Joanne Wesley Williams
Exploring the Past, a unique access route to higher education at Cardiff University, has this year helped another seven local adult learners to transform their lives and progress onto a degree scheme.
Joanne Wesley-Williams, 40, and Penni Bestic, 59, are two of the seven students in total who have successfully completed the Exploring the Past Pathway through the Continuing & Professional Education and are now embarking on a degree at Cardiff University.
The award-winning Pathway is celebrating the completion of its second year having already secured degree places for two adult learners in the 2010/11 academic year. Run collaboratively by the Centre for Lifelong Learning and the School of History, Archaeology and Religion, it is designed to give adult learners the opportunity to experience research-led teaching first hand and progress towards studying a degree in archaeology, history or religion.
Like many other adult learners, Joanne missed out on higher education after leaving school. She decided to try the Pathway as a route back into education and used it as a means to better her life.
Joanne said: “As a mother of three young children it’s important to be a positive role model, but educationally I had nothing to sing about after leaving school 25 years ago with just my GCSEs. I’ve now found a way to change that and feel much better placed when encouraging my children to study hard for the future. Each course has provided me with a different set of skills, broadening my knowledge and boosting my confidence. By the time I had completed a few modules I felt I was ready to further my education and now I have a completely new outlook for the future. I have been given an opportunity to return to study and hopefully carve a new career doing something I love.”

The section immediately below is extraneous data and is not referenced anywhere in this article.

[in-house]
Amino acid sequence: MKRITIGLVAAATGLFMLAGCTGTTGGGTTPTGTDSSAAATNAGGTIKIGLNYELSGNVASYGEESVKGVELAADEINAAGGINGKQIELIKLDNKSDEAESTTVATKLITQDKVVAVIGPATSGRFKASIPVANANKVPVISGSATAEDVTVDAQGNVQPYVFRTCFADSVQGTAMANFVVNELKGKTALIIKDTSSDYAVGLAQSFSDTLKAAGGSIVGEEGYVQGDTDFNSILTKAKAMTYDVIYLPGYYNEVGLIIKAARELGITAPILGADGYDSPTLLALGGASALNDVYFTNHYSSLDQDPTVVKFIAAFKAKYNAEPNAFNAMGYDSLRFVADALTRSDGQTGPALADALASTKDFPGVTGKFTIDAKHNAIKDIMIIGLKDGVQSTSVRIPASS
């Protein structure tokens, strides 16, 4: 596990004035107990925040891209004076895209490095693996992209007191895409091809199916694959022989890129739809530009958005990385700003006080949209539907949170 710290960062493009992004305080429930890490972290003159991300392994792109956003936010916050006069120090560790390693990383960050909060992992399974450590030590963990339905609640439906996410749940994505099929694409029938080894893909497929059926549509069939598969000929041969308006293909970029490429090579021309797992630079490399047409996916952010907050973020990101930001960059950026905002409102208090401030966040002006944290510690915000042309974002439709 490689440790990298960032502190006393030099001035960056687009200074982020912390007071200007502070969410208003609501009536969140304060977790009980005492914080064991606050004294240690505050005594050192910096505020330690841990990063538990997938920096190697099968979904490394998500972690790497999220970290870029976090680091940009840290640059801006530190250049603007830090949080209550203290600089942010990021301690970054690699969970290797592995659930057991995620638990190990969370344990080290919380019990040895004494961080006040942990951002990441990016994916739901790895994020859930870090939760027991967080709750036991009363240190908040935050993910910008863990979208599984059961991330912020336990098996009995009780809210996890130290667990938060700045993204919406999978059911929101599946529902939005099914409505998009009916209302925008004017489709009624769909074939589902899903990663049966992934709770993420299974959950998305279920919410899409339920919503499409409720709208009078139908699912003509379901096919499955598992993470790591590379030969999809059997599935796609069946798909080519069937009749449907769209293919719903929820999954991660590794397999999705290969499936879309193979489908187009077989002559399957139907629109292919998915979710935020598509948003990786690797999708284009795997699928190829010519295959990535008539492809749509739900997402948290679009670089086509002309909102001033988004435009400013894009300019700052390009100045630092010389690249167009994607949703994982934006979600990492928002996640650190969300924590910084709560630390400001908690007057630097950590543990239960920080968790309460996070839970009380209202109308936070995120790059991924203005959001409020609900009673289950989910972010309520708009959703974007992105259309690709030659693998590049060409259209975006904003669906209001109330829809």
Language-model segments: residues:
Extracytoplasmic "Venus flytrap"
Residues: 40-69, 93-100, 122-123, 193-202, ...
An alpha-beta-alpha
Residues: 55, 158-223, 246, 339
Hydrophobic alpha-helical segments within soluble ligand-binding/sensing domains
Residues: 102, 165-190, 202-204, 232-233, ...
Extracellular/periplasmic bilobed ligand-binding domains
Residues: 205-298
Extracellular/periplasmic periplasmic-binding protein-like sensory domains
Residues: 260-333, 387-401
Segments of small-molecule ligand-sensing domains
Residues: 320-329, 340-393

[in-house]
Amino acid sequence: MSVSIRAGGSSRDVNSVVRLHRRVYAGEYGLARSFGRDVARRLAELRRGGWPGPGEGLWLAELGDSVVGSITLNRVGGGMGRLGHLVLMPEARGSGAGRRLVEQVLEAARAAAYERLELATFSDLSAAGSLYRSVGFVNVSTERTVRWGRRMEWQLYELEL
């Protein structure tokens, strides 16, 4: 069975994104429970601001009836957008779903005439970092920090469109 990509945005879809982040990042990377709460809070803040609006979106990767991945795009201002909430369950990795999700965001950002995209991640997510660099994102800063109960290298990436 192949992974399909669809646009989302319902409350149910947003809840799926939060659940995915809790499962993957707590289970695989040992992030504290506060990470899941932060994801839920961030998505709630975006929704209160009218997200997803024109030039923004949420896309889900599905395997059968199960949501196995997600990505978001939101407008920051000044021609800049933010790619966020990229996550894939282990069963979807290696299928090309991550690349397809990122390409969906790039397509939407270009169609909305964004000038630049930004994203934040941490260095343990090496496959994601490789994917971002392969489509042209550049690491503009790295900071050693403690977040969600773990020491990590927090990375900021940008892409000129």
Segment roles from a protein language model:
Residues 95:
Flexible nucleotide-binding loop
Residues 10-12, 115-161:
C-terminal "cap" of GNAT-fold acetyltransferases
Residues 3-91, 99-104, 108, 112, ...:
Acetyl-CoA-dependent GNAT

After failing to find employment after redundancy and also battling with mental health issues, Penni decided to enrol on the Pathway and do something useful with her time.
Penni said: “I think when I started Exploring the Past I didn’t really believe I would be doing a history degree but the amount of support from the tutors, both academic and pastoral, made it seem achievable. I think it has also helped my mental health, I still have a lot of self-management to do, but help from the student support services has makes this possible. I’m really enjoying my degree course so far. It’s stretching but manageable. I am aware that I’m the oldest student but there are three of us who are definitely mature and we give it each other a lot of support. I’m very glad I did Exploring the Past as it was brilliant preparation. As to what I want to do when I finish: I’m not really sure as I will be close to retirement age. I think I would like to try and do a Masters.”
The Exploring the Past Pathway provides students with real life changing opportunities which have been recognised by the Universities Association for Lifelong Learning (UALL) – the national body which represents part-time education in universities. The Pathway received a highly commended award from UALL in April 2012.
Courses are taught by people with both expert subject knowledge and the ability to support, inspire adult learners in a flexible timescale, framework and environment. More courses will be starting in January 2013.